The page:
As we celebrate the freedom to read during Banned Books Week, we should recognize that censorship is an ongoing international issue. Whether it’s outright censorship, “soft” censorship, or the “chilling effects” as a result of fear of censorship, there are many obstacles to freedom of expression, freedom of the press, and freedom to read around the world. Here are a few stories:
- A British Muslim woman was detained by airline staff when they saw her reading the book Syria Speaks: Art and Culture from the Frontline. Story from The Guardian, August 4, 2016.
- The Turkish government shut down 29 publishers in reaction to a failed coup in the country. Leaders of publishing houses around the world condemned the action. Story from The Bookseller, August 18, 2016
- Chinese censorship: “While new technology is making it easier than ever to connect with others around the world, it’s also making governments more effective in keeping sensitive information within their borders.” Story from The Daily Dot, August 20, 2016
Here in the U.S. there is no state-sponsored censorship, but books are often “challenged,” especially in school libraries or in the children’s or teen sections of public libraries. A book might be moved from the children’s or teen area of the library to the adult section, removed from a school library, or removed from a school’s required reading list.
One example comes from the Henning School District in Minnesota, which removed the graphic novel This One Summer by Jillian Tamaki and Mariko Tamaki in May of this year. This One Summer earned a Caldecott Honor for illustration in 2015, but was deemed “vulgar” by the school’s superintendent and removed from the K-12 library shelves. The Comic Book Legal Defense Fund reports that a month after the book was removed, it returned to library shelves in a section for older readers, but even students in grades 10-12 need signed parental permission to read it.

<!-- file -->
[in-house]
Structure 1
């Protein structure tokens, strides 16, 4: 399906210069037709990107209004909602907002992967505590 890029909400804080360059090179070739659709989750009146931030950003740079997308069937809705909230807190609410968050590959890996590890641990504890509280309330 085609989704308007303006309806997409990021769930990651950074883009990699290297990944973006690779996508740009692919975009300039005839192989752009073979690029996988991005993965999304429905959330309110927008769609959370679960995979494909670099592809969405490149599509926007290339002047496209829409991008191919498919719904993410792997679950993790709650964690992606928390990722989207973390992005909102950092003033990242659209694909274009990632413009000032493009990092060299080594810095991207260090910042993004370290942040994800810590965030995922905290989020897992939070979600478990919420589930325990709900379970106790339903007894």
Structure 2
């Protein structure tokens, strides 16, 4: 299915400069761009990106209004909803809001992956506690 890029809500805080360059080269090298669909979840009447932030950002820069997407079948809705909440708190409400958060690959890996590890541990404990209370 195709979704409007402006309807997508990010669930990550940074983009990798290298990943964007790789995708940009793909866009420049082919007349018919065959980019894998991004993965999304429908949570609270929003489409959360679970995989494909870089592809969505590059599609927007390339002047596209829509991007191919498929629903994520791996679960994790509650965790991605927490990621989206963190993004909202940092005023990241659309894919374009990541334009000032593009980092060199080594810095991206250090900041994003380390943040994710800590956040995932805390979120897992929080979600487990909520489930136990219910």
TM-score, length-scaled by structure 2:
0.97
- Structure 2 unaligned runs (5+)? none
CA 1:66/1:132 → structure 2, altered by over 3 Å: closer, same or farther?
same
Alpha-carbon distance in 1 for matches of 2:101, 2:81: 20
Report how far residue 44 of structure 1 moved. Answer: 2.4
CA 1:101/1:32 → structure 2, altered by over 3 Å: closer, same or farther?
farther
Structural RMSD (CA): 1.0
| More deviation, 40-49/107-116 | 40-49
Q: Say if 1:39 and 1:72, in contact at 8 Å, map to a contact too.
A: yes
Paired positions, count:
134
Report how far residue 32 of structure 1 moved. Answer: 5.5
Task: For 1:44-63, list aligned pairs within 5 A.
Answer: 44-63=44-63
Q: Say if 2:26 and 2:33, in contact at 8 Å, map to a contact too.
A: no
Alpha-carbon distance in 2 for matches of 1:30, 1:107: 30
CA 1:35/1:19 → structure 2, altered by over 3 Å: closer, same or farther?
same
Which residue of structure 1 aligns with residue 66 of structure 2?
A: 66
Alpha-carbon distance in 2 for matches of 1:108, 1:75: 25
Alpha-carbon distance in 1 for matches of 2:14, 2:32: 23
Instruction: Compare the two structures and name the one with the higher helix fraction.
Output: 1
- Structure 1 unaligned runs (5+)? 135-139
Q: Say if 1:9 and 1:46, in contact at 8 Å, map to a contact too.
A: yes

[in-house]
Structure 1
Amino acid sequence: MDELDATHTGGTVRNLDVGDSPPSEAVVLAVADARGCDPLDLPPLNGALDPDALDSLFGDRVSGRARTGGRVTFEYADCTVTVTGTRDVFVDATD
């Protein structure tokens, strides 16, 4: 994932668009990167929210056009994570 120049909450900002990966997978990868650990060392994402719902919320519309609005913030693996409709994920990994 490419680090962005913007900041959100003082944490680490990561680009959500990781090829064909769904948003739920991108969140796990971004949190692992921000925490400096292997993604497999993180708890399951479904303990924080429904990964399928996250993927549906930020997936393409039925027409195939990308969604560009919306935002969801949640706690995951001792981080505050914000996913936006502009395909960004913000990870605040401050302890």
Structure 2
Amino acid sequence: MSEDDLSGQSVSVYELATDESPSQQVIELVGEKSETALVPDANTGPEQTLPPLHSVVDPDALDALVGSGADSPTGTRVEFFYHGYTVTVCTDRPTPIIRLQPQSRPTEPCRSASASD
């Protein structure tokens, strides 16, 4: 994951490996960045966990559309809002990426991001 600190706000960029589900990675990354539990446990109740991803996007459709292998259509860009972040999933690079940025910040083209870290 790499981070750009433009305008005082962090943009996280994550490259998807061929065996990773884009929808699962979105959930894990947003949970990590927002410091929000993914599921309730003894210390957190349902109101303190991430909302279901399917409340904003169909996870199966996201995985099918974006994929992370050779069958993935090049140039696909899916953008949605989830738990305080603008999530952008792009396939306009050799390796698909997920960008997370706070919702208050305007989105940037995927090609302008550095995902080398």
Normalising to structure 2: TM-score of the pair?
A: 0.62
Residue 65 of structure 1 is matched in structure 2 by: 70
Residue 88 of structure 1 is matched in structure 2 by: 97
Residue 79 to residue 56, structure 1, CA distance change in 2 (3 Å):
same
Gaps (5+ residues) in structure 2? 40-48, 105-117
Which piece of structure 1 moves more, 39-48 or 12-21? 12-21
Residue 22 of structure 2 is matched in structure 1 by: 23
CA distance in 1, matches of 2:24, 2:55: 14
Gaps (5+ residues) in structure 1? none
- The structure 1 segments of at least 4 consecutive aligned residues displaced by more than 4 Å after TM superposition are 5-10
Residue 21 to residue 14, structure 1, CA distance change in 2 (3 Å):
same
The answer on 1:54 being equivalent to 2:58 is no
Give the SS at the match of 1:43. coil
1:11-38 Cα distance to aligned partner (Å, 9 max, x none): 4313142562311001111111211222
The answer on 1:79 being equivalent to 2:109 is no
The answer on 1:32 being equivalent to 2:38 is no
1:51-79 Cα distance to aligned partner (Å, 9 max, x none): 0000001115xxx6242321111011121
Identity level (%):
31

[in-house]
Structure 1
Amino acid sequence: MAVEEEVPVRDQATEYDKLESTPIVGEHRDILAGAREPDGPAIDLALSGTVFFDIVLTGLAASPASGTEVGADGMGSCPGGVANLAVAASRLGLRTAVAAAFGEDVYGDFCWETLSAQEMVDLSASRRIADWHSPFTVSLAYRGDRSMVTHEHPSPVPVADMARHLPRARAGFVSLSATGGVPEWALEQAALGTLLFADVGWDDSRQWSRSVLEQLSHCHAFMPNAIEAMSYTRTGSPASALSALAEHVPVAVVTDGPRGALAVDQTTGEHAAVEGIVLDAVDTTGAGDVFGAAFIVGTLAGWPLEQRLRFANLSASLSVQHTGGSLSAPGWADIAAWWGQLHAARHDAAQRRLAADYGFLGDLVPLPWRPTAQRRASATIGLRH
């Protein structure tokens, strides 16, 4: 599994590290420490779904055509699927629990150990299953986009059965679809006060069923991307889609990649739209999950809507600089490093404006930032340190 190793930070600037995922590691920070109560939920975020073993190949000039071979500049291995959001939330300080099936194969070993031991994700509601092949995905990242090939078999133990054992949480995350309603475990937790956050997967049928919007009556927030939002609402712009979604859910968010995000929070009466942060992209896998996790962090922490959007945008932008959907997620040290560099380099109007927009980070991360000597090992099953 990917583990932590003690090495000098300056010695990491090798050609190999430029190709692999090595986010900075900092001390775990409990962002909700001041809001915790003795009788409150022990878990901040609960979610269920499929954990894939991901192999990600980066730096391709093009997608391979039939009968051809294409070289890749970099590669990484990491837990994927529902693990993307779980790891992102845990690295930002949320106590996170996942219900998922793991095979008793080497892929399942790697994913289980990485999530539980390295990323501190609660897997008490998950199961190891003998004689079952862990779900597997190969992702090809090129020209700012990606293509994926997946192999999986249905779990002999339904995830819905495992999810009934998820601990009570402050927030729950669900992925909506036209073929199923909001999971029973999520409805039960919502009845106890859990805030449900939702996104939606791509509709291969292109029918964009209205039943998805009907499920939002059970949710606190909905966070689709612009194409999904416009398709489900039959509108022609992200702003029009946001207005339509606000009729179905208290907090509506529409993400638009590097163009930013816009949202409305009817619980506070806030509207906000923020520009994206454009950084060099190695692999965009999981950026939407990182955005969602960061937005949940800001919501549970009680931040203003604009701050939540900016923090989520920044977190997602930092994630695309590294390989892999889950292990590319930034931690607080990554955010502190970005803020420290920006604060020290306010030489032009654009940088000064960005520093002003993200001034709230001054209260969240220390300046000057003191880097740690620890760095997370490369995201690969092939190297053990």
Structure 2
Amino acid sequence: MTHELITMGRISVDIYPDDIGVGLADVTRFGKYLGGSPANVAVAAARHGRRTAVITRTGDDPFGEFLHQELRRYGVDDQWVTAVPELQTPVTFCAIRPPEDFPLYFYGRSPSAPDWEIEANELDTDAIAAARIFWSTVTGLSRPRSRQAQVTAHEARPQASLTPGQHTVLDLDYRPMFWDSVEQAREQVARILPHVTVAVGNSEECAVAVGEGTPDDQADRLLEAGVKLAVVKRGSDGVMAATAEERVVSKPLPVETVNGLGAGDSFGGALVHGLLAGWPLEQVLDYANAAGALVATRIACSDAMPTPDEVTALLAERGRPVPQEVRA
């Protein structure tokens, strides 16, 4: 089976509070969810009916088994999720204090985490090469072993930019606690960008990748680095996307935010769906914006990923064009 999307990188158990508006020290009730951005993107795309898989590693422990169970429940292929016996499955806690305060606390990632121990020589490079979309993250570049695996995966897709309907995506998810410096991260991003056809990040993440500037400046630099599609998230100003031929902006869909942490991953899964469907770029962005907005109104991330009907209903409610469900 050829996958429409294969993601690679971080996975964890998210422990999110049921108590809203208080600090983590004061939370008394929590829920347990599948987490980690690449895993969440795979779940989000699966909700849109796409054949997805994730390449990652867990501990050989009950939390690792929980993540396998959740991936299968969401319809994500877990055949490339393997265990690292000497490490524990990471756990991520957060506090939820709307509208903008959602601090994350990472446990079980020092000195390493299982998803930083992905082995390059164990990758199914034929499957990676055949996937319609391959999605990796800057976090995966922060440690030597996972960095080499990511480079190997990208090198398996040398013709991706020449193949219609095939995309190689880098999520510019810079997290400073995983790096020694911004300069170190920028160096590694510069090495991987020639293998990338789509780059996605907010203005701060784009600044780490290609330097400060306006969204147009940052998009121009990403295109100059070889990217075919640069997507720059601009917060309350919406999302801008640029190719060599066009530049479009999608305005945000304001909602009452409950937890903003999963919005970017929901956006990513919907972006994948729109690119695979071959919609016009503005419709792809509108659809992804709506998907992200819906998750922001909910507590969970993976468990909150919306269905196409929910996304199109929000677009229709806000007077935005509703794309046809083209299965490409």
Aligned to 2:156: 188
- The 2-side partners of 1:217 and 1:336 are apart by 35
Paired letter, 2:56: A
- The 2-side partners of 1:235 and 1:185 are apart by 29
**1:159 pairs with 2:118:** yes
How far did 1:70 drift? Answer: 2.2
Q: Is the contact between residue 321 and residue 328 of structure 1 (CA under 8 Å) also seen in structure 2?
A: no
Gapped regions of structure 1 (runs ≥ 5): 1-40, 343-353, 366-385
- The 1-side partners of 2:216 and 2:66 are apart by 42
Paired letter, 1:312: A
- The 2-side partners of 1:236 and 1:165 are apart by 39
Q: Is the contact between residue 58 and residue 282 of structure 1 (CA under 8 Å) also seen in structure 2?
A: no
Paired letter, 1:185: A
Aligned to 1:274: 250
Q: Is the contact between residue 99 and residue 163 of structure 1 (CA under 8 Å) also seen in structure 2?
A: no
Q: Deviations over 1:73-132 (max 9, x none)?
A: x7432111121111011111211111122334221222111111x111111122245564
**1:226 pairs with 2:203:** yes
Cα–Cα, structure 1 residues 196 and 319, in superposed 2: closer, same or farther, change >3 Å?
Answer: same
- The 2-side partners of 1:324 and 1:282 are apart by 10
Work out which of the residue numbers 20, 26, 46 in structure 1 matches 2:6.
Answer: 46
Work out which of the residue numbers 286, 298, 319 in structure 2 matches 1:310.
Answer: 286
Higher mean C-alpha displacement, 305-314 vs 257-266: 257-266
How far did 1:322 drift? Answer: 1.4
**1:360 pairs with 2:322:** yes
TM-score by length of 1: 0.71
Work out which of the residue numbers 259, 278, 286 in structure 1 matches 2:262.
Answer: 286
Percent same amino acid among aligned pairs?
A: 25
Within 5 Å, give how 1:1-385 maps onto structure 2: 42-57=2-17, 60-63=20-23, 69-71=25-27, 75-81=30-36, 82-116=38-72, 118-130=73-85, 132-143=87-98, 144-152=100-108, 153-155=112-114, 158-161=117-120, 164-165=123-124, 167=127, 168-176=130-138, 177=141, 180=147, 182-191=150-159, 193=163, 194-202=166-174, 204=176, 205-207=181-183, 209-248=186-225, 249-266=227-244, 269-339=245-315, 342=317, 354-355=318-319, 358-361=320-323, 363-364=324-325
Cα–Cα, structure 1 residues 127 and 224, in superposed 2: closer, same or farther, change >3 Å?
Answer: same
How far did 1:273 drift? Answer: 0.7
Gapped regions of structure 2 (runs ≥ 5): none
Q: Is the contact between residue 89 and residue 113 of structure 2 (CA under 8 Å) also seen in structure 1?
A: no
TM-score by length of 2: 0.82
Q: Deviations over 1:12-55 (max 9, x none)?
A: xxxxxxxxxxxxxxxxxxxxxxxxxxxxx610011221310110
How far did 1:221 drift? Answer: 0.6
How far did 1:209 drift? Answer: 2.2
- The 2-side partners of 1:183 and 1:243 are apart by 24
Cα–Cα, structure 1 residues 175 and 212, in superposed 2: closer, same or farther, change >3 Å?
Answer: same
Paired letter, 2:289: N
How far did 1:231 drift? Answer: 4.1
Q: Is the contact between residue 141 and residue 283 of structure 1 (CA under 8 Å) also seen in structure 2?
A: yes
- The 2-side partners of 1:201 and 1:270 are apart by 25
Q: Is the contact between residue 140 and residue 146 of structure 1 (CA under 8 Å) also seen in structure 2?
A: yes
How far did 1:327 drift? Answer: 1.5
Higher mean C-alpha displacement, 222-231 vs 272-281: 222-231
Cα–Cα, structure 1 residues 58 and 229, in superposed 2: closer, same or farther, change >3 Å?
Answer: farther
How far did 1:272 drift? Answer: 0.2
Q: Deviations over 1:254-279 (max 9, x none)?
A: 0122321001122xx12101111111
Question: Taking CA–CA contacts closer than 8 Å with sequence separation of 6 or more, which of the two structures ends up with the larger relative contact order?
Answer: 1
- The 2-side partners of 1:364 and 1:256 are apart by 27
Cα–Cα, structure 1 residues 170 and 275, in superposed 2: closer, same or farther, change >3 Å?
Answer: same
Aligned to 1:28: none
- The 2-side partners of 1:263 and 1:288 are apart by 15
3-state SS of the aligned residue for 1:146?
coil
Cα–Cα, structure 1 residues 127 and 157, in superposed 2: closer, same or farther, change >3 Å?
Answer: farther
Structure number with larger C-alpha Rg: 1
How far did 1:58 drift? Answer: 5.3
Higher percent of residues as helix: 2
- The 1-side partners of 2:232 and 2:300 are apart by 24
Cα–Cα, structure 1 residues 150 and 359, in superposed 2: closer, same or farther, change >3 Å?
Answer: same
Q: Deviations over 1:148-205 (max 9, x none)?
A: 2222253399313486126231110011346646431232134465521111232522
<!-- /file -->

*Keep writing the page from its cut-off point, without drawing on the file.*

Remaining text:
This type of case is more common than you may think, and, according to a PEN America report, “a persistent pattern of attempts to remove certain books from public schools and libraries, combined with a lack of diversity in Children’s and Young Adult (CYA) book publishing, narrows the range of stories and perspectives available to U.S. students.”
All readers should have the opportunity to read widely. As one graduate of a Texas public school put it in The New Yorker, (“What Kind of Town Bans Books?” October 1, 2014), “I read whatever I wanted. Books were there, and they had taught me to value difference.” No matter your age or what country you live in, the freedom to read is paramount.